His research includes examining the relation between financial statement numbers and firm value and the efficient prediction of future earnings, including the study of systematic errors that investors and financial analysts make, and how incentives influence managers’ accounting choices.
Myers says he is honored to be chosen as the first recipient of the Dr. Jan R. Williams Endowed Chair in Accounting Excellence. “Jan Williams has been a major influence on accounting education for almost 50 years, much of which has been in service to our department and college,” he says. “This generous funding will support my teaching and enhance my research while also advancing the AIM department’s work.”
Terry Neal, department head and Richard L. Townsend Chaired Professor of Accounting, noted that the endowed chair was a testament to Williams’ continuing contributions to the department and beyond.
“Jan Williams left a lasting legacy on the college and made a significant impact on the accounting profession,” Neal says. “This newly established chair is a fitting recognition of that impact. We are grateful for the generosity of the anonymous donor, who wants others to know how deeply Jan’s work influenced the donor’s career and wanted to honor his tireless efforts to make AIM, the college and the university better.”
Neal says the endowment will be instrumental in the department’s continuing success. “It will enhance our ability to recruit and retain top-ranked faculty and ensure that Jan’s legacy of strengthening our programs will endure.”
“Jan Williams is very deserving of this extraordinary tribute,” Stephen L. Mangum, dean of the college and Stokely Foundation Leadership Chair, says. “Jan served as dean of the college for the better part of 15 years. During this time, the college saw significant growth in its undergraduate student body that continues to this day, experienced tremendous growth in its executive education operations, broadened its revenue sources and advanced the reputation of a number of academic departments. Also, through his guiding vision, the college moved into the splendid James A. Haslam II Business Building. Jan continued to teach during much of his time as dean, and students held him in high esteem for his deep knowledge of his core discipline of accounting. Throughout Jan’s career, he successfully impacted both the academy and the profession, building important bridges between the two.”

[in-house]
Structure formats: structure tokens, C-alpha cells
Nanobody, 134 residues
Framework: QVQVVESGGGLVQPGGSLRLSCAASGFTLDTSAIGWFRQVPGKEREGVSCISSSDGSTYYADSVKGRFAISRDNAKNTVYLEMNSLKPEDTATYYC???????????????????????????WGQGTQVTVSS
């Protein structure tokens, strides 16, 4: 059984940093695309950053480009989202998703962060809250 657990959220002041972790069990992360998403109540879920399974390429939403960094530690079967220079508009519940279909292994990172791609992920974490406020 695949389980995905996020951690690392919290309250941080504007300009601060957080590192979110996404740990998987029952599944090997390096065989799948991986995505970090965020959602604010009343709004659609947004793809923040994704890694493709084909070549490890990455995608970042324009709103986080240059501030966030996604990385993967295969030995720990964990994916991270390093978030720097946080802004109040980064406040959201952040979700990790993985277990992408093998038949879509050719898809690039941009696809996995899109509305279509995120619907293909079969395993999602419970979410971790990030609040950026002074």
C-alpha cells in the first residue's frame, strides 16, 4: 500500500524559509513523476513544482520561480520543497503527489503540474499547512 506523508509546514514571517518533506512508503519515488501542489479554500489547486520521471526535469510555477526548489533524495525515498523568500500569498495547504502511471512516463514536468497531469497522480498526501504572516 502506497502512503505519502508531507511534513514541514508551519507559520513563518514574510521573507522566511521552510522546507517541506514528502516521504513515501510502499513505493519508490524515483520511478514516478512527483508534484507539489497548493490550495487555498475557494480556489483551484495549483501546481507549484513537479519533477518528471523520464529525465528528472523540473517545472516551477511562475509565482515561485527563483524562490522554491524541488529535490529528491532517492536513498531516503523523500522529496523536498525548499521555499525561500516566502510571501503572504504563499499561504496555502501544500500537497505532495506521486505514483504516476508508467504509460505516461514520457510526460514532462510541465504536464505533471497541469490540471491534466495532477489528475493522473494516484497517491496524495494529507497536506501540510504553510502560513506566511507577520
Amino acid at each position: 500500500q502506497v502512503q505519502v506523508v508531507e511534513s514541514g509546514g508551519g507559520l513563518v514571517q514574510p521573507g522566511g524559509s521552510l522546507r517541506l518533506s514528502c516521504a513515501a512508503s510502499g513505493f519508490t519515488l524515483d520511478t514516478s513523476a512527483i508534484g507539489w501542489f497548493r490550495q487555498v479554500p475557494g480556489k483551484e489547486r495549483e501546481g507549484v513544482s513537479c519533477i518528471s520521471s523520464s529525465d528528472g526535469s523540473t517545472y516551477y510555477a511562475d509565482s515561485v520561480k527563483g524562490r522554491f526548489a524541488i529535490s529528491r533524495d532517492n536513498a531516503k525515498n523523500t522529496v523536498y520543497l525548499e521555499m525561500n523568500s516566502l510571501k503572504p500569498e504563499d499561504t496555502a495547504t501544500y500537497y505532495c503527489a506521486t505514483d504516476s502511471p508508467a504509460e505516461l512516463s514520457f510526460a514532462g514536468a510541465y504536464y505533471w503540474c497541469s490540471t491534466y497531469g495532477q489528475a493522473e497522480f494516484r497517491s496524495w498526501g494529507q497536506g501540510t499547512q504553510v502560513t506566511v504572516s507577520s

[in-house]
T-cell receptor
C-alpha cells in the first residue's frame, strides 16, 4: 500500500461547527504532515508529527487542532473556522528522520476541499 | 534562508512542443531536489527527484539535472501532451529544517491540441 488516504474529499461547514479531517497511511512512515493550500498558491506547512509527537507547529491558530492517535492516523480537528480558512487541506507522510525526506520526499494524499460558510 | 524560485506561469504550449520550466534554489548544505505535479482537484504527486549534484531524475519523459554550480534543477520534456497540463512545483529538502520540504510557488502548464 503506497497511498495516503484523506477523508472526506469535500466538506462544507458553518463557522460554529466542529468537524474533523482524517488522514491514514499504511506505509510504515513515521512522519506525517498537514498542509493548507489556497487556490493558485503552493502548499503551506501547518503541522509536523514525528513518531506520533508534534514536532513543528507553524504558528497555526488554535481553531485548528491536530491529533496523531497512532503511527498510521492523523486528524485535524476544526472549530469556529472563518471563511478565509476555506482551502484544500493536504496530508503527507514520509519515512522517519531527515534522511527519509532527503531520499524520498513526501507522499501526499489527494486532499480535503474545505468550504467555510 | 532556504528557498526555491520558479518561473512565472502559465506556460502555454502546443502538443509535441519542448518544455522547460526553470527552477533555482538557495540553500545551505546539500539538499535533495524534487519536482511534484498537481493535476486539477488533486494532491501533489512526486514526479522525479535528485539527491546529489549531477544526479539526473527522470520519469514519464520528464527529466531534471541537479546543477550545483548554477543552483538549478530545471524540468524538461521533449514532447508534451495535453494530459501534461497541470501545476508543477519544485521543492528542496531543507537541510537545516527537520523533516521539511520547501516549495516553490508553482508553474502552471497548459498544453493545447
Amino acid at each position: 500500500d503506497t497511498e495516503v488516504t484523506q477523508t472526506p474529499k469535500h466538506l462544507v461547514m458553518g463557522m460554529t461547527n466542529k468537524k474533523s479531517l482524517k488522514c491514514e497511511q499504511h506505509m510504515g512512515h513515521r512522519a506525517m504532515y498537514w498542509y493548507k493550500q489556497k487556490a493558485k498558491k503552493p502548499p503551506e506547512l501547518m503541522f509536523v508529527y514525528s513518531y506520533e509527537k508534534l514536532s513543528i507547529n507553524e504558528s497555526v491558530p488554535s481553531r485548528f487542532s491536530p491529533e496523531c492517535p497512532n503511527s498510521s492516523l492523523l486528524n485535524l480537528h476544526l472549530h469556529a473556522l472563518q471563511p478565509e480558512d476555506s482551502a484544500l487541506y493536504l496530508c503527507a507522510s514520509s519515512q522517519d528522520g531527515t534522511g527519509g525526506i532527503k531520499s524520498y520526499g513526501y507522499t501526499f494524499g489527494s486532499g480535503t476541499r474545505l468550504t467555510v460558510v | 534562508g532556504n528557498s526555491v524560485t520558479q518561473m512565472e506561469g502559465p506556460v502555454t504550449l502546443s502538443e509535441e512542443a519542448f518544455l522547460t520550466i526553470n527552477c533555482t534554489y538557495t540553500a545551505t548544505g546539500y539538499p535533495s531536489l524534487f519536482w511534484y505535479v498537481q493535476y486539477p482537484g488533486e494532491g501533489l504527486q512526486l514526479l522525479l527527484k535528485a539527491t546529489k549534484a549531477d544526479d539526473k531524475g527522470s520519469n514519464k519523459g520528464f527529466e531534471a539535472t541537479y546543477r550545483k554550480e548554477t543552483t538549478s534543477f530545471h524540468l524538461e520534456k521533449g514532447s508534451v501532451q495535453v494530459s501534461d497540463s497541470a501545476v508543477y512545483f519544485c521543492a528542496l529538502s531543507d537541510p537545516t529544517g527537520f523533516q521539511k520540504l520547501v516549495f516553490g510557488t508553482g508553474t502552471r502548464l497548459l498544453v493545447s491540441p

The endowment is the latest in a series of positive developments for the AIM department. Earlier in the year, the department announced its first endowed chair, the Richard L. Townsend Accounting Chair. In the U.S. News & World Report 2021 Best Undergraduate Accounting Programs overview, the department ranked No. 28 among public schools. Also, it scored well in several areas in Brigham Young University’s 2020 research rankings of accounting programs. The department tied for No. 6 worldwide in archival audit research and placed No. 20 worldwide in archival accounting research, the largest sector of accounting research. The college’s Ph.D. program ranked No. 15 in archival research and No. 3 in audit research, based on the research productivity of its graduates.
Scott McNutt, business writer/publicist, firstname.lastname@example.org